6. by   nursemaa
    What really worries me is patient safety. A patient that arrives during change of shift is not likely to be seen right away, other than possibly to "settle them in" and grab a set of vitals. And with all the focus on customer service, how does our customer feel when they were admitted through the ER but the unit nurse didn't see them in a timely manner? There should be a rule: no admissions for 1/2 hour before and after report time. Our ER has been given permission to send the patient whenever...during report, during a code, doesn't matter. They have convinced everyone that the unit nurses are just trying to "stall" (which I'm sure happens sometimes, but it's not the norm). :angryfire
  7. by   RNPATL
    Absolutely the unit nurses are trying to stall. When you have a heavy patient laod and there is more coming, sometimes, it is nice to get your bearings before you accept another patient. What I think is interesting, is that all other areas of the hospital take precident over the units. I totally understand that outpatient surgery has a heavy caselaod and they need to turnover their beds quickly. I also understand the need for ED to move patients through the system so they can make room for more and I realize that PACU needs to move their patients also, but there really has to be a better way to transition the patient from one level of care to another. Just throwing the patient at the unit at any time of the day is inconsiderate of the nurses on the unit and is very poor customer relations. Perhaps the patient does not know what is going on, but you can bet the family is aware.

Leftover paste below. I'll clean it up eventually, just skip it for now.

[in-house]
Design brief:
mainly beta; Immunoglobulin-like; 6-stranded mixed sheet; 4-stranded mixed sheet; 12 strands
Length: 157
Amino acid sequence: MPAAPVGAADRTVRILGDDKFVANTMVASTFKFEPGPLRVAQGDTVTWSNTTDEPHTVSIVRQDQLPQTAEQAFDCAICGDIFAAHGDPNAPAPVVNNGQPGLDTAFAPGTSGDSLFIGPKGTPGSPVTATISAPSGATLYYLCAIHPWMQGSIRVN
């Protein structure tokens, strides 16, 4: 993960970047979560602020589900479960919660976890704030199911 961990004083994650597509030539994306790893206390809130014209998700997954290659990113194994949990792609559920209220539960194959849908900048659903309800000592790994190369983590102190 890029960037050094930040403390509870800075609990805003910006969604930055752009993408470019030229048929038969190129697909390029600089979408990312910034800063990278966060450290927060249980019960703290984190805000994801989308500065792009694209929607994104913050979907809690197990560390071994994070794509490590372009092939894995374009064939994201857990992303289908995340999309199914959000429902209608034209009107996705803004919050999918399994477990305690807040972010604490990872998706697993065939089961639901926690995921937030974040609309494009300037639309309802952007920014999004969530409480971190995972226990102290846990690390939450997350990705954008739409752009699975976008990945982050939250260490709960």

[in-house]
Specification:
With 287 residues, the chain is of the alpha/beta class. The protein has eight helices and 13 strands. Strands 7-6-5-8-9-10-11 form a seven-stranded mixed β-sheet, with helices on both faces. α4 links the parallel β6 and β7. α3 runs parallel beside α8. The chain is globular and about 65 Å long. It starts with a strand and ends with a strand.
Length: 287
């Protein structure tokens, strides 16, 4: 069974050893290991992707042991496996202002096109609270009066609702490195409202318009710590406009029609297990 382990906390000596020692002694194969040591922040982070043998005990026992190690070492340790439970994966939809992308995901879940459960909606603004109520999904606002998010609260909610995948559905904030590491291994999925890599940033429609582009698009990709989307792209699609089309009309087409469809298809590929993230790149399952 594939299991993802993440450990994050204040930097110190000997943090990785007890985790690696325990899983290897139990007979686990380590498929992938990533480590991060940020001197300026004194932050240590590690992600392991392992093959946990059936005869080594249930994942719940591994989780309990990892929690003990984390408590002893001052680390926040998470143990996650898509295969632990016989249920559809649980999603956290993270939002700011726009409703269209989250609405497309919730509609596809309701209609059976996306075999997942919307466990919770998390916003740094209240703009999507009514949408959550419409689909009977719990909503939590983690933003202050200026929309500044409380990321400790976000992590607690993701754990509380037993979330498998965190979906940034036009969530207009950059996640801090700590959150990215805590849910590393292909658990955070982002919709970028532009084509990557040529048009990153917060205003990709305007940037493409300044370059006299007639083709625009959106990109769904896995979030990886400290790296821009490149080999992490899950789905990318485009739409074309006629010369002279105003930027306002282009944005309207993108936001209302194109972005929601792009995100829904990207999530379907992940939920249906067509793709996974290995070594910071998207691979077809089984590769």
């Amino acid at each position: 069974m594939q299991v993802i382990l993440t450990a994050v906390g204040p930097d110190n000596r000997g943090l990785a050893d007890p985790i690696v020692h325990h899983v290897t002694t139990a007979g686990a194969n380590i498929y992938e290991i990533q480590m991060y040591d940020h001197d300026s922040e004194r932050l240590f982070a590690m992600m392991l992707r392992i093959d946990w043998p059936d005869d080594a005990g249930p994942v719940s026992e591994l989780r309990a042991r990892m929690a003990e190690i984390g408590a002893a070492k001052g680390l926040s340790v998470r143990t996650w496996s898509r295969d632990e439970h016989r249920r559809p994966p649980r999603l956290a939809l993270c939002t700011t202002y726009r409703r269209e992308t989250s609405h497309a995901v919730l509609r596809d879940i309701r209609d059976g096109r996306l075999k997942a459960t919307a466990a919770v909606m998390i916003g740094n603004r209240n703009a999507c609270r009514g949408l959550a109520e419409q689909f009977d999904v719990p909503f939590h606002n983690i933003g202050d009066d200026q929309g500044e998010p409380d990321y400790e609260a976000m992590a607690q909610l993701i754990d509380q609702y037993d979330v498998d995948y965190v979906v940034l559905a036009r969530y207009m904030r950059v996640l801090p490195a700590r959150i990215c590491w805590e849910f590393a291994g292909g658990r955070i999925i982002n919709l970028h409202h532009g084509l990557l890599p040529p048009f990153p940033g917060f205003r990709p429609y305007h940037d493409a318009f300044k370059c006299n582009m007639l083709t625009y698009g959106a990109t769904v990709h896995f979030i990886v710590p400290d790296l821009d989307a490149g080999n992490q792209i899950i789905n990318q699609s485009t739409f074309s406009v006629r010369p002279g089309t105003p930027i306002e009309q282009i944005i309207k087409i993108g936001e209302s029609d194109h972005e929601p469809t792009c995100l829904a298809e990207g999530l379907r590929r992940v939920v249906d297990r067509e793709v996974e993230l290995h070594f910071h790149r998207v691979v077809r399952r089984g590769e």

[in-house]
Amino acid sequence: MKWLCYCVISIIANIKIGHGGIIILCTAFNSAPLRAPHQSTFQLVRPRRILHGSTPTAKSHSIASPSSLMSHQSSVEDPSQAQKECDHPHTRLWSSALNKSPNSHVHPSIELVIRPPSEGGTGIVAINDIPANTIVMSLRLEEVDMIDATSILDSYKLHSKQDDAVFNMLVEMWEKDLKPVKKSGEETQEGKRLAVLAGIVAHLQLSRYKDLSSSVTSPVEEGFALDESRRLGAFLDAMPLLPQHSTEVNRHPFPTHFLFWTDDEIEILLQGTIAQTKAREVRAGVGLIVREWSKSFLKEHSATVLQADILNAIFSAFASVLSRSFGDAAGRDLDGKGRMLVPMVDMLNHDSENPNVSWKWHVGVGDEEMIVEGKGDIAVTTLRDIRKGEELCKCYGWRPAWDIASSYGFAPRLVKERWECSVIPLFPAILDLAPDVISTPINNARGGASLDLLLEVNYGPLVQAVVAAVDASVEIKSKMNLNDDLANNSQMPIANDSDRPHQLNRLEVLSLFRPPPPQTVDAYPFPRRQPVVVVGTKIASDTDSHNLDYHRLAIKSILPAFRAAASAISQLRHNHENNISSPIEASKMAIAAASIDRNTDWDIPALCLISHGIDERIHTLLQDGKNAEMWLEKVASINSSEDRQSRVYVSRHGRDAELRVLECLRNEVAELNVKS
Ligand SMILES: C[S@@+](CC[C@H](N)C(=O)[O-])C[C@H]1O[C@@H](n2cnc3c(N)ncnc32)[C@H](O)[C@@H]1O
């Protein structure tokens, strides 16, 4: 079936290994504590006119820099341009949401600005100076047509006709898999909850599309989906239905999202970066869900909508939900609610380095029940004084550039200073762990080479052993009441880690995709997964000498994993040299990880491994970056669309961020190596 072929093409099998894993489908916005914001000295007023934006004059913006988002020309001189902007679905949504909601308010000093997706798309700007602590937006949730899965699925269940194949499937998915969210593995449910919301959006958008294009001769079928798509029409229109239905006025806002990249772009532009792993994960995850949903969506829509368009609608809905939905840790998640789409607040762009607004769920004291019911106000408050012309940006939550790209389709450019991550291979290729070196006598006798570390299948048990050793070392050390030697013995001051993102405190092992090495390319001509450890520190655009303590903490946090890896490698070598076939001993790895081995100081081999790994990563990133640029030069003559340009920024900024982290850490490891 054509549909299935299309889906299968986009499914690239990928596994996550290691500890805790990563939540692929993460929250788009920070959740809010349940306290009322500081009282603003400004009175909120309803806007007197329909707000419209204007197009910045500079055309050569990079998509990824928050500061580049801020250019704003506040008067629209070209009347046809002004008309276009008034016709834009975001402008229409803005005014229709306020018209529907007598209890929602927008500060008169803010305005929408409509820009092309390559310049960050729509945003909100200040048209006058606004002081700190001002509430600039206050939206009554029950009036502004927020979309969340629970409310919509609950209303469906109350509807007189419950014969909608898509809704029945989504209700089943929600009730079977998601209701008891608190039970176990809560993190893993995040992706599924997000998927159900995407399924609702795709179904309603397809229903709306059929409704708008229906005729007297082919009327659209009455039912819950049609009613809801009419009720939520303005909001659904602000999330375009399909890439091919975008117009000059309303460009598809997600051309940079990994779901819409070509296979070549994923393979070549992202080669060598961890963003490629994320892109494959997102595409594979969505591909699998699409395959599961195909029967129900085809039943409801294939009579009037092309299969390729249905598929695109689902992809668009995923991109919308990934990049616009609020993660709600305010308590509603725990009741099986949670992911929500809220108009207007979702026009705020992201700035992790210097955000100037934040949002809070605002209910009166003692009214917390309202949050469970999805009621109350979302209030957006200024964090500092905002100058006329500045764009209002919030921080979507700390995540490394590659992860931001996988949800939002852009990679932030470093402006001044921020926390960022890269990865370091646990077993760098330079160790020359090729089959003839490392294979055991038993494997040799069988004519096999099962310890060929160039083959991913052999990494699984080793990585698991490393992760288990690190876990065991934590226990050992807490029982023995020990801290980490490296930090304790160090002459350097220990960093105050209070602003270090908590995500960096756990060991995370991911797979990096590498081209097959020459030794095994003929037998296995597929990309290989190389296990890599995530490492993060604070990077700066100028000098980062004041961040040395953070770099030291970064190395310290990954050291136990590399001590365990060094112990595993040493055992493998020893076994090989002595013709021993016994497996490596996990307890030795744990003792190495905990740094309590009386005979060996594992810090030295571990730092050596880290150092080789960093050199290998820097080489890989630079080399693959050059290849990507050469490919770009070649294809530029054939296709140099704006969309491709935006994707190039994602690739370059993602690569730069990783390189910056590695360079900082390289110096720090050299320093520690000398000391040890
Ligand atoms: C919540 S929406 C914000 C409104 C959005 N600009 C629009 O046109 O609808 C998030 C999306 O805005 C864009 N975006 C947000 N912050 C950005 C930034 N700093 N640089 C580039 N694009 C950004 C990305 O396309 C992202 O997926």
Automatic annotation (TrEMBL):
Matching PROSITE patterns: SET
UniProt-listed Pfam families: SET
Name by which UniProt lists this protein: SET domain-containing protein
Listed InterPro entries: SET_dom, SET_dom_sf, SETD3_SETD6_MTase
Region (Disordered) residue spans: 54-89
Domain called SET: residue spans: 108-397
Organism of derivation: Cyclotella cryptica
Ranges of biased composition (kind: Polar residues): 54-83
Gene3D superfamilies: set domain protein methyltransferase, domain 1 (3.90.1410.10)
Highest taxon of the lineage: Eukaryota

8. by   suzanne4
    When I worked in PACU or ER, I always tried not to transfer during change of shift time to be fair to the reciving staff as well as the patient. Sure, if a problem arises, and OR was going to send out four patients in fifteen minutes then I would have no choice but to transfer. Or there was a large trauma coming in with several patients and I needed to empty some beds, that is a priority. But under normal circumstances, HOLD the patient.

    I may have been more receptive to this because of having experience in working most areas. My motto still is: THE PATIENT ALWAYS COMES FIRST.

    Last edit by suzanne4 on Apr 8, '04
  9. by   Tweety